This command is handy if you locally have a bunch of commits you wish to completely get rid of. This command basically does a hard reset to origin/HEAD. Once you forget them, they're completely gone, so run carefully. To test it out, run:

git-helper forget-local-commits


This command can be used to merge pull/merge requests from the command line. The command uses either the Octokit::Client or Gitlab client to do this, so make sure you have a ~/.git_helper/config.yml file set up in the home directory of your computer. For instructions on how to do that, see Gem Usage.

After setup is complete, you can call the proper command like this:

git-helper merge-code-request

The command will ask you the number ID of the code request you wish to merge.

If using GitHub and the repository allows multiple types of merges (merge/squash/rebase), then the command will ask the user what type of merge to do. It'll only let users select a type of merge the repository allows. If a repository only allows one type of merging, then the command will automatically use that. The commit message to use during the merge/squash/rebase will be the title of the pull request.

For GitLab, the command will use whatever squash/source branch deletion/etc settings are already set on the merge request, so make sure you click the proper checkboxes in the MR manually or over the API before running this command. The commit message to use during the merge/squash will be the title of the merge request.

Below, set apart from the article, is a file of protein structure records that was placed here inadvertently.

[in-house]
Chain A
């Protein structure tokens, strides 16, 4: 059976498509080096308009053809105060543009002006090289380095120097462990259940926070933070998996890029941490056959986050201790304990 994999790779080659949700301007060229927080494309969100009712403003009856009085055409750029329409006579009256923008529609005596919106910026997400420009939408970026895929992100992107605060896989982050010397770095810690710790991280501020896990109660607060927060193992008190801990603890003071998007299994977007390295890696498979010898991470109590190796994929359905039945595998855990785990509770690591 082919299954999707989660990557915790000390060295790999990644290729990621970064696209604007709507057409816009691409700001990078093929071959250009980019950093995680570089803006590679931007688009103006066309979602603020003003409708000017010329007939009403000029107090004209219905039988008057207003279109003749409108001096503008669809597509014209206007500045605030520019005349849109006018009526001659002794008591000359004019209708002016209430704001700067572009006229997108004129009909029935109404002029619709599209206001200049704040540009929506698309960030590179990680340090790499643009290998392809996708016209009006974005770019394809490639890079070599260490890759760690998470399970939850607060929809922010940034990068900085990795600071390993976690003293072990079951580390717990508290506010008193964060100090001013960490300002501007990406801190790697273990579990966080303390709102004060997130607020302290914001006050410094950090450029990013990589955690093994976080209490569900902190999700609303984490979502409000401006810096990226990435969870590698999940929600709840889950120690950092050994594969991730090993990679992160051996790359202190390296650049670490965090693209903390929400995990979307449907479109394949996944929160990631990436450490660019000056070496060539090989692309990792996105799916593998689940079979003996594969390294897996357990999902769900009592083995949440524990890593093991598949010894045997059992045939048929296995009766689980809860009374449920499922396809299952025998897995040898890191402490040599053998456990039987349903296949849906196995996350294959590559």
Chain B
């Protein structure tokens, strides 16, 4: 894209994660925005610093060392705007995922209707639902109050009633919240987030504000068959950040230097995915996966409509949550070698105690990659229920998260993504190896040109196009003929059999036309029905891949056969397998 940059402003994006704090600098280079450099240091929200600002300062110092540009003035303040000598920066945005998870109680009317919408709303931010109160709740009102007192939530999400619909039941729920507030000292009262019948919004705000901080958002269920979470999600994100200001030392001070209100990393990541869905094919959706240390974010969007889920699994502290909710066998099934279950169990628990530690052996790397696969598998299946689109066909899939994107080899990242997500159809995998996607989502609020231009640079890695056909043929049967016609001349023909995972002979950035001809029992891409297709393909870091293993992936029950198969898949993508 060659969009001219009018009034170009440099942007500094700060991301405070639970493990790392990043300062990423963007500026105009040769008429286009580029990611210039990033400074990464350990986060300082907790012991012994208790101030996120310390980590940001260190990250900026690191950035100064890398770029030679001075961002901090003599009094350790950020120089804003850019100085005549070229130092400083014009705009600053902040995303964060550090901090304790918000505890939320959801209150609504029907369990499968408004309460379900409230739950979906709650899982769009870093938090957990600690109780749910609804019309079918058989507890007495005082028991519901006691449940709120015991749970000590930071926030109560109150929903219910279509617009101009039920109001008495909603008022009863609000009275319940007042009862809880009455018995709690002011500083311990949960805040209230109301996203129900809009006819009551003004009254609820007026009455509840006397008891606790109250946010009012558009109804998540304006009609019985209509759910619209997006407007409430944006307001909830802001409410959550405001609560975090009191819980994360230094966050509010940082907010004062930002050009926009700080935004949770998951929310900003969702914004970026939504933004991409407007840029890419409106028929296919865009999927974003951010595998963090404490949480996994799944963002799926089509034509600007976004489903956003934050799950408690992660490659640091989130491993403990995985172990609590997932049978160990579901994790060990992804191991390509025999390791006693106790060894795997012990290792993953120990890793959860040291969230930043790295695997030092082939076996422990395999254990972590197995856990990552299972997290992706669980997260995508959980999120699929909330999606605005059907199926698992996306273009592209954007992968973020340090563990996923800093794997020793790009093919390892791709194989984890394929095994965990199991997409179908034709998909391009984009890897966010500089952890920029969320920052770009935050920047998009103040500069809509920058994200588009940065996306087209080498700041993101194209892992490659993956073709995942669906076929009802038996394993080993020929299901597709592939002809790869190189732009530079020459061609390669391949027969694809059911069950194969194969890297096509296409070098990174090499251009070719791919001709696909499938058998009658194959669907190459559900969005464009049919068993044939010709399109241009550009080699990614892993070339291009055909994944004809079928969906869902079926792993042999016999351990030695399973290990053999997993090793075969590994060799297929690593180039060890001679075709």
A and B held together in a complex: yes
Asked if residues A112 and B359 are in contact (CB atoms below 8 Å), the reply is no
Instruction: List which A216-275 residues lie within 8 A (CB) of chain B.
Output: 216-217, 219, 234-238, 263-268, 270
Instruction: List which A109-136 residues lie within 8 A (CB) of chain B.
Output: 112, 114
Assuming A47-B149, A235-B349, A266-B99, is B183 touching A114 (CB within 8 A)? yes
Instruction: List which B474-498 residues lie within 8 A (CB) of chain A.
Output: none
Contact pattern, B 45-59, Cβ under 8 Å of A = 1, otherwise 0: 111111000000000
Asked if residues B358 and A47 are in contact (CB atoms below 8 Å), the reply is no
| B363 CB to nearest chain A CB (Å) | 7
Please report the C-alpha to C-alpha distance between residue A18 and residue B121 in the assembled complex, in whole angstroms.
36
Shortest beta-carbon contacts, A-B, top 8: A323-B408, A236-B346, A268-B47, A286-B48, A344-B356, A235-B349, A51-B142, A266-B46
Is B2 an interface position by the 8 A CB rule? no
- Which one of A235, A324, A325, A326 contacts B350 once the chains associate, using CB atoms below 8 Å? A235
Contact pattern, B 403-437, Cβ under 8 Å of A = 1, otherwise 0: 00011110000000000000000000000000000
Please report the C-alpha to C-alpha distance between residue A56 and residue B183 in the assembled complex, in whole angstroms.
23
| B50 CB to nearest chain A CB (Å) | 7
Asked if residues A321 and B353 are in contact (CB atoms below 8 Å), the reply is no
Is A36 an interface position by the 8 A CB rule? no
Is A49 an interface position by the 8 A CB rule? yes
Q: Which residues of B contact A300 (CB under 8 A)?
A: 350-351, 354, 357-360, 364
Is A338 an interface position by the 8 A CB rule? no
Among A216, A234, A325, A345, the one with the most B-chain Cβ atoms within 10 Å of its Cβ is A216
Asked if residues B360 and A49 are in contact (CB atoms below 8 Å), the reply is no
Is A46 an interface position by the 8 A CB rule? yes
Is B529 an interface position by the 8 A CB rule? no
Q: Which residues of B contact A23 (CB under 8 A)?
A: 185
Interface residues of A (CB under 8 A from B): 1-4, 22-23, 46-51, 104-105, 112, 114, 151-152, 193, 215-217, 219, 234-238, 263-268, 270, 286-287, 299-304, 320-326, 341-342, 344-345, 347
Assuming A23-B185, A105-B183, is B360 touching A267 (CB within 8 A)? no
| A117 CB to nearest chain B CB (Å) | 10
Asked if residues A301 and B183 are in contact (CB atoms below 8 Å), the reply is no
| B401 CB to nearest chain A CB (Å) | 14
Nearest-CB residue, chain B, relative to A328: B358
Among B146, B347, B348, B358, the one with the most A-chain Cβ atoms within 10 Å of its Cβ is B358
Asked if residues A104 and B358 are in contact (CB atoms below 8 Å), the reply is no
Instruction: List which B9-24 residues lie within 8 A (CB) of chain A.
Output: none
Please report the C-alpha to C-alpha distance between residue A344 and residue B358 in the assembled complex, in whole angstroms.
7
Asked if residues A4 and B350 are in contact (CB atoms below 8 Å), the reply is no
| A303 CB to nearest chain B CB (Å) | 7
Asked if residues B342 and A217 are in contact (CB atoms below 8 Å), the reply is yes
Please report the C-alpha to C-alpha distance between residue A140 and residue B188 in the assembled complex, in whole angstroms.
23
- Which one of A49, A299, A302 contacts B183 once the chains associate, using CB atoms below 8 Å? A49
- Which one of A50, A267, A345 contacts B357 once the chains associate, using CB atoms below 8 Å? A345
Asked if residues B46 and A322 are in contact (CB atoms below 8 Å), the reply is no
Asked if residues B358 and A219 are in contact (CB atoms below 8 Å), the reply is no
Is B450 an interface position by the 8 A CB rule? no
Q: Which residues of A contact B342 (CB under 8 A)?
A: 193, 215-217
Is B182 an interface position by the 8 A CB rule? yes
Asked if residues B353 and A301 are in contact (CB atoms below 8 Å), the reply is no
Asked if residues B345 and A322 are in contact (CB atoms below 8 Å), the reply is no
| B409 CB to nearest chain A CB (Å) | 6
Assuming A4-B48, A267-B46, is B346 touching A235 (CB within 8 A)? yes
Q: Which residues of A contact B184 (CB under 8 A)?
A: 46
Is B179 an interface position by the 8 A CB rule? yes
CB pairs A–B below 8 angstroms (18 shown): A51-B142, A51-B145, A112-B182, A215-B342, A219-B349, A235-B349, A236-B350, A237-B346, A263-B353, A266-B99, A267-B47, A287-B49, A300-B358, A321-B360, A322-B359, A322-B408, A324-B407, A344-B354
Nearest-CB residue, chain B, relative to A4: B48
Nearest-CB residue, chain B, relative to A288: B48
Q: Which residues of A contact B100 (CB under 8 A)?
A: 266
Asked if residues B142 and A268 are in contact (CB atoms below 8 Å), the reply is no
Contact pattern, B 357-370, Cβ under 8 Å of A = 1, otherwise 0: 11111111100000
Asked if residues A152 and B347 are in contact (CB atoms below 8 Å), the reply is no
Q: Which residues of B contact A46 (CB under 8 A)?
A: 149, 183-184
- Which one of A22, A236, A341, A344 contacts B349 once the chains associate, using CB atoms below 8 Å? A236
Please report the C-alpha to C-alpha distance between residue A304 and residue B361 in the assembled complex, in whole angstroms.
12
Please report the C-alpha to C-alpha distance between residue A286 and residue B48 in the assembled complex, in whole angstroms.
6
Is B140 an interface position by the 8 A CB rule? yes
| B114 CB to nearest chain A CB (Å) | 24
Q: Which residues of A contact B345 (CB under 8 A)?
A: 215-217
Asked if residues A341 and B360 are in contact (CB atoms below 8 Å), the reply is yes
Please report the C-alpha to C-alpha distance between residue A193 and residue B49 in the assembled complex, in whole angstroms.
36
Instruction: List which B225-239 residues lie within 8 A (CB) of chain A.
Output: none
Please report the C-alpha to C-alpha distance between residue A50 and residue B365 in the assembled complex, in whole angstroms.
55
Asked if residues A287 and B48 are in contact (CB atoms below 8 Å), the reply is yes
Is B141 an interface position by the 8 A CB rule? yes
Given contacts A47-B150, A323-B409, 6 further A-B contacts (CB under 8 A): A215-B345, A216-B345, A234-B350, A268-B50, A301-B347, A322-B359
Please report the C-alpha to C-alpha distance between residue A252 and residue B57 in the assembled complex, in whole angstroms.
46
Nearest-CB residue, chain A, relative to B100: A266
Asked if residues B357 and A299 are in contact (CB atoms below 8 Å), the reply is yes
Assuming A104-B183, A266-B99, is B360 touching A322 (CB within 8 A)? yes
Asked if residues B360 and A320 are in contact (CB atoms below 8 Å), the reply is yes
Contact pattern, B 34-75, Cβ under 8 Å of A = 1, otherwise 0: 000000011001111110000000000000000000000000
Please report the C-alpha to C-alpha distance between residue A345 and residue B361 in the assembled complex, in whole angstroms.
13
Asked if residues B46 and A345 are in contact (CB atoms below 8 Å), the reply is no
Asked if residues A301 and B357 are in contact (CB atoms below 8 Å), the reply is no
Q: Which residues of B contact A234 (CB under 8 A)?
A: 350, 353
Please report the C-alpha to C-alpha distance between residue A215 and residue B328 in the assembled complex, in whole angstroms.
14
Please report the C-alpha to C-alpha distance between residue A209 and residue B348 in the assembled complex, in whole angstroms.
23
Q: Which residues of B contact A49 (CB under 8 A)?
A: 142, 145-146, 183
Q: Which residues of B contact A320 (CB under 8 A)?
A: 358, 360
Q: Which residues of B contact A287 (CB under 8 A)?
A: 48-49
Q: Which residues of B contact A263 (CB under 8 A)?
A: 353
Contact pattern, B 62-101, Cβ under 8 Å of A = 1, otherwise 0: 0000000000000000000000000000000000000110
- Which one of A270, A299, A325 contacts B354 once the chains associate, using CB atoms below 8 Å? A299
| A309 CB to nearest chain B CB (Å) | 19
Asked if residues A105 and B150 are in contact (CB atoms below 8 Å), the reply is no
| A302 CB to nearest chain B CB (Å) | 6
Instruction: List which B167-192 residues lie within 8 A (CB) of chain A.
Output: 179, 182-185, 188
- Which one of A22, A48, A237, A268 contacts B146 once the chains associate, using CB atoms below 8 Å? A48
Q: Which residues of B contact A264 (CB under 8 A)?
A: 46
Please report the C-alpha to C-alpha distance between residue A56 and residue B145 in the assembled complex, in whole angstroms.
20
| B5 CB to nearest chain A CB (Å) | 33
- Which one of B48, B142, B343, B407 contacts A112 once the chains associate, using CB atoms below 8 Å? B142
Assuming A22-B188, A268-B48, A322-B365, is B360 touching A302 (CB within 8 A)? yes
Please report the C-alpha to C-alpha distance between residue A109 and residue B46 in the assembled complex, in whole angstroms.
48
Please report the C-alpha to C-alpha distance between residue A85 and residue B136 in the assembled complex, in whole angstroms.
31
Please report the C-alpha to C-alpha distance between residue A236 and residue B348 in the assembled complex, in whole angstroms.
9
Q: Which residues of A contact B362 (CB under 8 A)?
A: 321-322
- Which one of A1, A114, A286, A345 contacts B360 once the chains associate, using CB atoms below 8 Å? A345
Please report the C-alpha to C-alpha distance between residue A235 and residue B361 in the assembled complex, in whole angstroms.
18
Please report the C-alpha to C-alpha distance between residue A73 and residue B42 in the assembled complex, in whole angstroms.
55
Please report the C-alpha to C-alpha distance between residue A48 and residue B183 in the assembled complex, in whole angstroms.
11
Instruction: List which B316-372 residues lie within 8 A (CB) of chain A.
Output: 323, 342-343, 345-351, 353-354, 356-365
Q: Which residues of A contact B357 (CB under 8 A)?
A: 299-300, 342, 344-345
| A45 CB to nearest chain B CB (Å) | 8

This command is useful for making new branches in a repository on the command line. To run the command, run:

git-helper new-branch
# OR
git-helper new-branch NEW_BRANCH_NAME

The command either accepts a branch name right away or it will ask you for the name of your new branch. Make sure your input does not contain any spaces or special characters.


To submit a feature request, bug ticket, etc, please submit an official GitHub Issue.

To report any security vulnerabilities, please view this project's Security Policy.

When interacting with this repository, please follow Contributor Covenant's Code of Conduct.


To make a new release of this gem:

  1. Merge the pull request via the big green button
  2. Run git tag vX.X.X and git push --tag
  3. Make a new release here
  4. Run gem build *.gemspec
  5. Run gem push *.gem to push the new gem to RubyGems
  6. Run rm *.gem to clean up your local repository

To set up your local machine to push to RubyGems via the API, see the RubyGems documentation.